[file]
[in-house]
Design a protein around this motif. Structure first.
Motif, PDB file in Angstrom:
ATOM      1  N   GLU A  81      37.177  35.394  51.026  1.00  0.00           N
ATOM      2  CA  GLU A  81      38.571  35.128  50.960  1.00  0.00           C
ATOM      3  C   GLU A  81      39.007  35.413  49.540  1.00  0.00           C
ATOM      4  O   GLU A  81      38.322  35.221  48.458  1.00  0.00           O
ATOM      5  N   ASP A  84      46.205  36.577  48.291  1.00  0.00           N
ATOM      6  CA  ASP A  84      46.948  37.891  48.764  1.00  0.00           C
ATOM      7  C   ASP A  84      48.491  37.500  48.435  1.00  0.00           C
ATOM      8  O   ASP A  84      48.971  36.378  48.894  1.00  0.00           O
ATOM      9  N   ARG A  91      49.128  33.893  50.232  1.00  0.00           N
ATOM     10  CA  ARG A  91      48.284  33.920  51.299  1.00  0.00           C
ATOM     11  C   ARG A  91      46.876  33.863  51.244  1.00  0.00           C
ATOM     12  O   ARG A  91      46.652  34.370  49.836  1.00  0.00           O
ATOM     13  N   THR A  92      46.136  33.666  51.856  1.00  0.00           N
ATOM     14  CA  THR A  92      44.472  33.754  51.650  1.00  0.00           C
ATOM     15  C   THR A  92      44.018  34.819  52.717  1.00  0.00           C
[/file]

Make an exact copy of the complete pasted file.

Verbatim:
[in-house]
Design a protein around this motif. Structure first.
Motif, PDB file in Angstrom:
ATOM      1  N   GLU A  81      37.177  35.394  51.026  1.00  0.00           N
ATOM      2  CA  GLU A  81      38.571  35.128  50.960  1.00  0.00           C
ATOM      3  C   GLU A  81      39.007  35.413  49.540  1.00  0.00           C
ATOM      4  O   GLU A  81      38.322  35.221  48.458  1.00  0.00           O
ATOM      5  N   ASP A  84      46.205  36.577  48.291  1.00  0.00           N
ATOM      6  CA  ASP A  84      46.948  37.891  48.764  1.00  0.00           C
ATOM      7  C   ASP A  84      48.491  37.500  48.435  1.00  0.00           C
ATOM      8  O   ASP A  84      48.971  36.378  48.894  1.00  0.00           O
ATOM      9  N   ARG A  91      49.128  33.893  50.232  1.00  0.00           N
ATOM     10  CA  ARG A  91      48.284  33.920  51.299  1.00  0.00           C
ATOM     11  C   ARG A  91      46.876  33.863  51.244  1.00  0.00           C
ATOM     12  O   ARG A  91      46.652  34.370  49.836  1.00  0.00           O
ATOM     13  N   THR A  92      46.136  33.666  51.856  1.00  0.00           N
ATOM     14  CA  THR A  92      44.472  33.754  51.650  1.00  0.00           C
ATOM     15  C   THR A  92      44.018  34.819  52.717  1.00  0.00           C